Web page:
Narrative of the residence of the Persian princes in London, in 1835 and 1836. With an account of their journey from Persia, and subsequent adventures

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1838
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Page 312 - Robert was rather worse than I, I think, on Sunday evening, when we had our tea together, Wilson shaking her head behind the curtain. In the first moment of his readmission into this room he threw himself down on the bed in a passion of tears, sobbing like a child . . . he who has not the eyes of a ready-weeper.
Page 138 - Tell these ladies," said he to me, " that our Persian women are not like those of England, — educated, accomplished, fitted to be companions to their husbands ; they can do little except embroider and look after their slaves, or cook a dinner. Now, your English ladies are as well educated as yourselves, and are full of accomplishments ; they retain their beauty so well, that, after having had a large family, they are still lovely and blooming; — Wullah! they are fresher and more lovely after...
Page 19 - He is now about thirty-two years of age, tall, and of a very pleasing countenance; a man of very amiable dispositions, gentlemanly feelings and manners; a great deal of innate dignity of character, which evinces itself in his general deportment and conduct, and a shrinking and almost morbid sensitiveness to all that, in his opinion, may tend to affect his good name, or lessen him in public estimation : in fact, a repugnance to public exposure of any sort.
Page 110 - What sungers!' (fortified stockades or bulwarks) said they, when the infantry formed their impregnable squares, and stood prepared to receive cavalry. 'One would say that each sunger was a solid mass — not a foot nor an arm is out of place. See ! it is a white line and a red line, with the steel glittering above. Ah, look ! they kneel — they fire...
Page 25 - ... whence beaters were sent to drive him ; whilst the Shah and most of the princes awaited his appearance without, to shoot him as he should pass. Timour, however, was too much excited to remain inactive, • — he dashed into the jungle with the beaters ; and the consequence was that the lion sprang out upon him ; — one claw fastening upon the flank of his horse, and another on his own thigh ; tearing them both in a desperate manner. But the young man, instead of being dismayed, with equal coolness...
Page 20 - Meerza, probably by courtesy and tacit consent. He had been made governor, too, at an early age, of the distant and important district of Bebahan, or Koh-e-Geeloo, an office of trust, which increased his personal consequence, and for which, according to the fashion of Persian governors, his natural abilities appear to qualify him well. He is of a small and slender person : his light hair, blue eyes, and peculiar features, announce his Georgian blood; while the disadvantage of extreme short-sightedness,...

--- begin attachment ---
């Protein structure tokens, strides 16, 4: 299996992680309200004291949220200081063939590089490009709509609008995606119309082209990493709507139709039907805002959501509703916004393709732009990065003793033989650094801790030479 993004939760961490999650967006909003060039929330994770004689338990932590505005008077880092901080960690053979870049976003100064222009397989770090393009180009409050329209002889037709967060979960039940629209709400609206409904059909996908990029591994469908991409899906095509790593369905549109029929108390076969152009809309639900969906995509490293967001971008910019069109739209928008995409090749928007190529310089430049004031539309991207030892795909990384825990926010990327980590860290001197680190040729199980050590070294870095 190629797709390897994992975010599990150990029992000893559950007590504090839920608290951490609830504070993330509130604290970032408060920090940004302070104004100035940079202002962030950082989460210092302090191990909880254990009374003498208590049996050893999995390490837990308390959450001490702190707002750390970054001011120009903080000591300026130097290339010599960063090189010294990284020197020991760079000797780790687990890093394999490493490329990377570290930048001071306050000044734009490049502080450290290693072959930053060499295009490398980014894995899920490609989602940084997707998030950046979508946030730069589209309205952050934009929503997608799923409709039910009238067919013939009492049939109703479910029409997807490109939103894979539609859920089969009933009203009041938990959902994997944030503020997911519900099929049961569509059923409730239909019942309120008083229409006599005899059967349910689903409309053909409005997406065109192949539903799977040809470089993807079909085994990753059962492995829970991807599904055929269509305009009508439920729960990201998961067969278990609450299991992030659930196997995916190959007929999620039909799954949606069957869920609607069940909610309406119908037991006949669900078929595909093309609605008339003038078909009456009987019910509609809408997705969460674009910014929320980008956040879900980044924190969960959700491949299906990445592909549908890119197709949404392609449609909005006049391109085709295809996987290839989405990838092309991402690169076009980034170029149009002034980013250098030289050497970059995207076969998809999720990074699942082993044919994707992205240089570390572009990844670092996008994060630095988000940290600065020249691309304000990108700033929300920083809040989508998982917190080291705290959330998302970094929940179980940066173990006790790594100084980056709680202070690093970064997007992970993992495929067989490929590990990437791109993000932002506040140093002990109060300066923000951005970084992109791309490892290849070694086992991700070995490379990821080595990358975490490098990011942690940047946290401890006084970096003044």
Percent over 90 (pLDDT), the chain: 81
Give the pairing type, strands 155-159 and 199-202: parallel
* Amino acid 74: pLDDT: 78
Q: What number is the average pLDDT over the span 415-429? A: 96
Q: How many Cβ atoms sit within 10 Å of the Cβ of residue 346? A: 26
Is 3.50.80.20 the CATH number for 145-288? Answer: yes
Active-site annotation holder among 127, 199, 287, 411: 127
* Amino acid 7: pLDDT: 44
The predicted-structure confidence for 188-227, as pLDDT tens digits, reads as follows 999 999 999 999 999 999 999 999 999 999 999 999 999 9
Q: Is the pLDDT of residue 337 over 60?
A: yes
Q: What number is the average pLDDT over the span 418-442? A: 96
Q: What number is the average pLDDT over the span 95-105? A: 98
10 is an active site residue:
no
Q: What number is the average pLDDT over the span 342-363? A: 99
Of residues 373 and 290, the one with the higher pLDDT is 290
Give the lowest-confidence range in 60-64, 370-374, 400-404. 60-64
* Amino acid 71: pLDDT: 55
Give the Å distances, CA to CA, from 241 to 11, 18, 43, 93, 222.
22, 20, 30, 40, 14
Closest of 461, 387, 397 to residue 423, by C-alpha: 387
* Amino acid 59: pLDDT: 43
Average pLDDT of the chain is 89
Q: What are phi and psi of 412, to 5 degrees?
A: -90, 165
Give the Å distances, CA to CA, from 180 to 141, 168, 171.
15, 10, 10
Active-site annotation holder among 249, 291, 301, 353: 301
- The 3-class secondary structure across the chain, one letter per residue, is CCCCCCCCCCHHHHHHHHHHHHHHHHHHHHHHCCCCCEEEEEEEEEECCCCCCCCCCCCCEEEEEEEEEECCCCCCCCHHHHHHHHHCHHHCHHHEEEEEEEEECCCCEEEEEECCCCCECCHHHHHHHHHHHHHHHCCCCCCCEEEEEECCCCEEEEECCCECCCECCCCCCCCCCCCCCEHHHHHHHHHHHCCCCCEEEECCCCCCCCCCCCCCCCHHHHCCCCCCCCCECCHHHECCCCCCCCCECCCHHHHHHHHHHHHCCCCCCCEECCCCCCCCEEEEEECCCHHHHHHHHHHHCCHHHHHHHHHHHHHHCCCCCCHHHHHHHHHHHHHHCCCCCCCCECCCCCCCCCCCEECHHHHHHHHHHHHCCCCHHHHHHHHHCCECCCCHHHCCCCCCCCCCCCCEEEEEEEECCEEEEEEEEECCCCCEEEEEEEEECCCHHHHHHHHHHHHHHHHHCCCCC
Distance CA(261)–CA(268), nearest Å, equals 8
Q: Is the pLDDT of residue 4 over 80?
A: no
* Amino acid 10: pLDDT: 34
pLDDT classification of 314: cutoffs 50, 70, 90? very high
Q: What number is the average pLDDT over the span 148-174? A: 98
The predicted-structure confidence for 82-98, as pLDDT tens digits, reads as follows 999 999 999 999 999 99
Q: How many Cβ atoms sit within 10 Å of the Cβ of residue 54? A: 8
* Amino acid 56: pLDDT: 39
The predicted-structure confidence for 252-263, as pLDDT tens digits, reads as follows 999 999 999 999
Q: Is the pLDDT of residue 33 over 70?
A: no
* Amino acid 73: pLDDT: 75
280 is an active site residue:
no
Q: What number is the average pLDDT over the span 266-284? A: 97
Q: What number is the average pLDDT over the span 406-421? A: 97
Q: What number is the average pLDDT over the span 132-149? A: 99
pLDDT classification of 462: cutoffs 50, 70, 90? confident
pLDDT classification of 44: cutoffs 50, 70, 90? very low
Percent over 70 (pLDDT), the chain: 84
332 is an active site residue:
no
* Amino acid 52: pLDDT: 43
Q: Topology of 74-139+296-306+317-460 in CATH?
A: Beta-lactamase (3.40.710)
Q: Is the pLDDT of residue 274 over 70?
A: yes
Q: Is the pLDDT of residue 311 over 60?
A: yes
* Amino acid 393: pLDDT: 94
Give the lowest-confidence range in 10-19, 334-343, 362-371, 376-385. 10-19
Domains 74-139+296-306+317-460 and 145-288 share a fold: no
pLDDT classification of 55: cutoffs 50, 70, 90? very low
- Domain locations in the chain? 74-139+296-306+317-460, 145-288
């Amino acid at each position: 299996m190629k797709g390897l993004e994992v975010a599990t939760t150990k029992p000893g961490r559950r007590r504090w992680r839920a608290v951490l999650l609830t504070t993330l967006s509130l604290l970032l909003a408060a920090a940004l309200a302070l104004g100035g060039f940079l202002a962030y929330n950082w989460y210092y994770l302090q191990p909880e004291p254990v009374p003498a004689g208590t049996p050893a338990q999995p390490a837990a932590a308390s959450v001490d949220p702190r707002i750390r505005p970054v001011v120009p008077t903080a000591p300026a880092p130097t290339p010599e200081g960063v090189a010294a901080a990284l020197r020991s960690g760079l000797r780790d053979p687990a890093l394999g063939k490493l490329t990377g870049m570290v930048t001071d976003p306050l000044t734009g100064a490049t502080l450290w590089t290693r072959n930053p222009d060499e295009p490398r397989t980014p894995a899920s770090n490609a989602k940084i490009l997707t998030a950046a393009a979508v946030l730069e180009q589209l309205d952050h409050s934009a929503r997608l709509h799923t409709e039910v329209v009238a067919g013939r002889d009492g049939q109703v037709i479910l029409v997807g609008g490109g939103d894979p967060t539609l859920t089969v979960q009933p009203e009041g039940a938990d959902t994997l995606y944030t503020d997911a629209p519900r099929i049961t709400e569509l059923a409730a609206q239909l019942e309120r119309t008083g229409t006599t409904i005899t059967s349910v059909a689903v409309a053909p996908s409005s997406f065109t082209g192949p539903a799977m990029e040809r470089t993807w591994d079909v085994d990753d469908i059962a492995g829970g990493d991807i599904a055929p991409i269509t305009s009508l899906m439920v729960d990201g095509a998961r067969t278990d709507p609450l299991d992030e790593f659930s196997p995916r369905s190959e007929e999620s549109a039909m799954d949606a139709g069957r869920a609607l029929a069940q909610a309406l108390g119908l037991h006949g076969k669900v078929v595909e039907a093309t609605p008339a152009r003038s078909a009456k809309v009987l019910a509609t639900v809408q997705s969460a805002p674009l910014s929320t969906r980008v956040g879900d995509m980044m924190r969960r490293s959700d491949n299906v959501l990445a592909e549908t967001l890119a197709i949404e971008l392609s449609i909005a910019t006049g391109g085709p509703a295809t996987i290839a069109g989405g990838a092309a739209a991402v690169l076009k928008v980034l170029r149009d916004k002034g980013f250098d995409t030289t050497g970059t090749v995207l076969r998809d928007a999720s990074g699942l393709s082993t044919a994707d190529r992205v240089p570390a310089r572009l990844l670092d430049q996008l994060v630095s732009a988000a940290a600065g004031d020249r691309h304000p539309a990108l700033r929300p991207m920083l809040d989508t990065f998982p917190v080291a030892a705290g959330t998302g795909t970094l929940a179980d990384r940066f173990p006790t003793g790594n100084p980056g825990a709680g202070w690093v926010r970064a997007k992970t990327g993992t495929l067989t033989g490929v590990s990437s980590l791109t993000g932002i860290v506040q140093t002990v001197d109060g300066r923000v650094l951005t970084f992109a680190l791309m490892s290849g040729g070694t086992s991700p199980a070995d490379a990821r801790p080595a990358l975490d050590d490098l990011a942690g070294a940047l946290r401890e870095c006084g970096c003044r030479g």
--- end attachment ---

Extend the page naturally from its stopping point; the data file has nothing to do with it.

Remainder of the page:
Page 112 - The elder prince was more collected, and confined himself, for the most part, to moderate exclamations of praise ; or, if questioned as to his opinion of the beauty of such or such an evolution, he would say " it was perfection, — could not be better.
Page 202 - The lion turned round in a great passion, whisked his tail out of my hand, and tried to get a hold of me with his teeth. I got him by the throat to preserve myself, and then we began a wrestling match. He got me under, and I began to think it was all over with me, but I still kept my gripe of his throat, and that began to tell ; for, when he was half strangled, he fell, and I got on the top of him, and began to kick and beat him as well as I could. There was luckily a stick within reach, and, getting...
Page 24 - Shahpore, an ancient city in the south of Persia, now a howling wilderness, overrun with jungle, and abounding in all sorts of game and wild animals, lions and tigers among the rest. It so happened that one of the former animals, having been started, took shelter in a thick covert, from whence beaters were sent to drive him, whilst the Shah and most of the princes awaited his appearance without, to shoot him as he should pass. Timour...
Page 26 - ... bringing his gun to bear upon the beast, fired with such effect that it fell to the ground ; on which, dismounting with equal rapidity, he cut off its head with his sword, and laid it, dripping like himself with blood, at the feet of the Shah. Soon after this he was made governor of Bushire and VOL.

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